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Health and Fitness

Walk This Way - FN578
Regular physical activity helps protect against cardiovascular disease and its risk factors: hypertension, obesity and diabetes mellitus. It also can reduce risk of osteoporosis, reduce stress and improve sleep and overall mood. This publication shares tips on walking to get fit and stay healthy. It includes a sample walking program.
Stretching Toward Better Health - FN607
Stretching may be done at any time of the day and can involve a great number of exercises. This publication covers types of stretching and includes instruction on how to stretch different muscle groups.
Walking:Select The Right Shoes - FN603
Program walking is a great way to add some physical activity for improved health and well-being. Shoes worn during walking need to feel good on the feet and provide adequate support for both the feet and your skeletal structure. Evaluation of individual walking patterns will assist with selecting the right shoes and help make walking an enjoyable experience.
Activities to Promote Healthy Nutrition and Physical Activity Habits Among Children - FN692
These activities provide a way for teachers and volunteer educators to reinforce nutrition and fitness concepts for children in classrooms, after-school programs or club settings –and have fun, too! Most of the activities in this publication require little time, preparation or equipment. Most can be modifi ed to fi t the knowledge and skills of a variety of age groups.
Is Your Playground Safe for Kids - FN1374
We want our kids to “play hard,” but we want them to play safely, too. Parents and caregivers need to be aware of potential safety issues and what a properly maintained playground looks like. This publication provides information about surfacing materials and safety standards.
Sports Supplements: Play the Game Right - FN1399
An athlete usually needs to increase his/her energy intake compared with the energy used. Athletes also require more water, protein, vitamins and minerals (especially iron and calcium). Before you stock up on these expensive helpers, remember that just eating more nutritious food usually is cheaper and easier.
Sports Drinks: R They Needed? - FN1400
Sports drinks, such as Gatorade, Powerade and All Sport, contain carbohydrates and electrolytes, such as sodium, potassium and chloride. They are made for physical activity, to help rehydrate and to keep energy levels high. Are sports drinks really necessary? Not always. You can get these same benefits from other sources. A sports drink is not better for you unless you are active for 60 to 90 minutes or are exercising in very hot conditions. Anything less, and water should be the drink of choice.
Face the Facts About Sports Nutrition - FN1401
Increased physical activity increases some of your food needs. Your body requires more energy and water. Food that is eaten before and between events can affect your ability to perform at your best level.
Eat Smart: Enjoy Breakfast Every Day - FN1433
Eating breakfast fuels the body with needed nutrients, provides energy for an active day, gets you ready to learn and helps you keep a healthy body.
Eat Smart: Bone Up on Calcium - FN1434
Children ages 9 to 13 need 1,300 milligrams of calcium a day to keep their bones and teeth strong. Children ages 4 to 8 need 800 milligrams of calcium per day. They also need vitamin D, which helps the body use the calcium. Milk is fortifi ed with vitamin D. Many foods contain calcium. The best sources are milk, yogurt and cheese. Fish, soy products and nuts also are good sources of calcium. Some fruit juices, cereals, breads, snacks and other foods have added calcium.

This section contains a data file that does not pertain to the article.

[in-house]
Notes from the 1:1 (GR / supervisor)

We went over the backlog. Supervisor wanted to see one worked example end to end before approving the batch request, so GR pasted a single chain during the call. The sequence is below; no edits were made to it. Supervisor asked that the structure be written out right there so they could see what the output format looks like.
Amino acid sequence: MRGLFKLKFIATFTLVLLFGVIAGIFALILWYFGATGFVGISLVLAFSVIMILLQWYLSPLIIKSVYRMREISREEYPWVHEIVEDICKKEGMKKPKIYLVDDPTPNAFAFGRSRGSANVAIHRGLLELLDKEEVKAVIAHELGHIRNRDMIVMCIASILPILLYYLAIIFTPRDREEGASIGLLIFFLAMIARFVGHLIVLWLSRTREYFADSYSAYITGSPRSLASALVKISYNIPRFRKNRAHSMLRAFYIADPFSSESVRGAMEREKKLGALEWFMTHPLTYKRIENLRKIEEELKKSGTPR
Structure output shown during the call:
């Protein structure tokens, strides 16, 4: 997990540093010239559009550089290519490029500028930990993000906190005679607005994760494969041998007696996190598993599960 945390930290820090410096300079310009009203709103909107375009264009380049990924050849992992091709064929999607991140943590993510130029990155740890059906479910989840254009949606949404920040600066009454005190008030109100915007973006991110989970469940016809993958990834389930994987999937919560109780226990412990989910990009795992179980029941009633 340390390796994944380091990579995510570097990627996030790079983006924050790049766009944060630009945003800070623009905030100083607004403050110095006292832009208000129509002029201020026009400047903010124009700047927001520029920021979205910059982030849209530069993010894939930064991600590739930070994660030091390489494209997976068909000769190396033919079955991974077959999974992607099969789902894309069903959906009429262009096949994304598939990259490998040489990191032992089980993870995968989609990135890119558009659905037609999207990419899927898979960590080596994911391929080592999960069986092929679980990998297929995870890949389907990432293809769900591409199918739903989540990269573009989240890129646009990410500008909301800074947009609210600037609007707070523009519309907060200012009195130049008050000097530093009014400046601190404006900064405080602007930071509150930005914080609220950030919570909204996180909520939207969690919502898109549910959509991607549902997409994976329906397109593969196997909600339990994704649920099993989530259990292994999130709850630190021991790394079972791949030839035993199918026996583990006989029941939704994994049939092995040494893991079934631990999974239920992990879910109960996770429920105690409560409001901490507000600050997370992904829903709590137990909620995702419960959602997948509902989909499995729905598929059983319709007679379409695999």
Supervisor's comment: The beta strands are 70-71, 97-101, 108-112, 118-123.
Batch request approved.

Eat Smart. Play Hard. Do You Need an Energy Drink? - FN1435
People often substitute energy drinks for healthier beverage choices, so compare the Nutrition Facts labels. Energy drinks provide few if any of the needed vitamins and minerals provided by healthier beverage choices. Plain water is a better choice for most individuals.
Eat Smart. Play Hard. Get Your Iron! - FN1436
Your body needs iron to move oxygen from your lungs to the rest of your body. Iron is an important part of hemoglobin, which is the part of your red blood cells that carries oxygen throughout the rest of the body.
Play Hard! Get Your Physical Activity - FN1437
Physical activity helps build and maintain a strong body. Be active every day! Kids need 60 minutes of physical activity most days of the week. Adults need at least 30 minutes of physical activity to stay healthy.
Eat Smart. Choose Healthy Pre-and Post-game Meals - FN1438
Have a light meal so it can be digested easily. The pregame meal should include a variety of foods but focus on carbohydraterich food such as bread or pasta. Make sure to include grains, fruits and vegetables in the meal. Drink plenty of fluids.
Eat Smart. Choose Healthy Snacks - FN1439
Think of snacks as minimeals that help provide nutrients and energy you need to grow, play and learn. Most kids do best when they eat four to six smaller meals a day.
Eat Smart. Play Hard. Do You Need a Sports Drink? - FN1440
Sports drinks are recommended only to increase your physical performance if you are physically active for more than 60 to 90 minutes. Anything less, water should be the drink of choice because it’s better for hydration. Make sure to drink enough fluids before, during and after physical activity.
The Scoop on Snow Shoveling Safety - FN1518
The weather can make shoveling more difficult. Cold air makes working and breathing hard, which adds some extra strain on the body. Shovelers also are at risk for hypothermia, a decrease in body temperature, if they are not dressed correctly for the weather conditions.
Nourish Your Body With Sleep (FN1854)
This provides information about sleep needs, foods that may affect sleep and ways to promote sleep.
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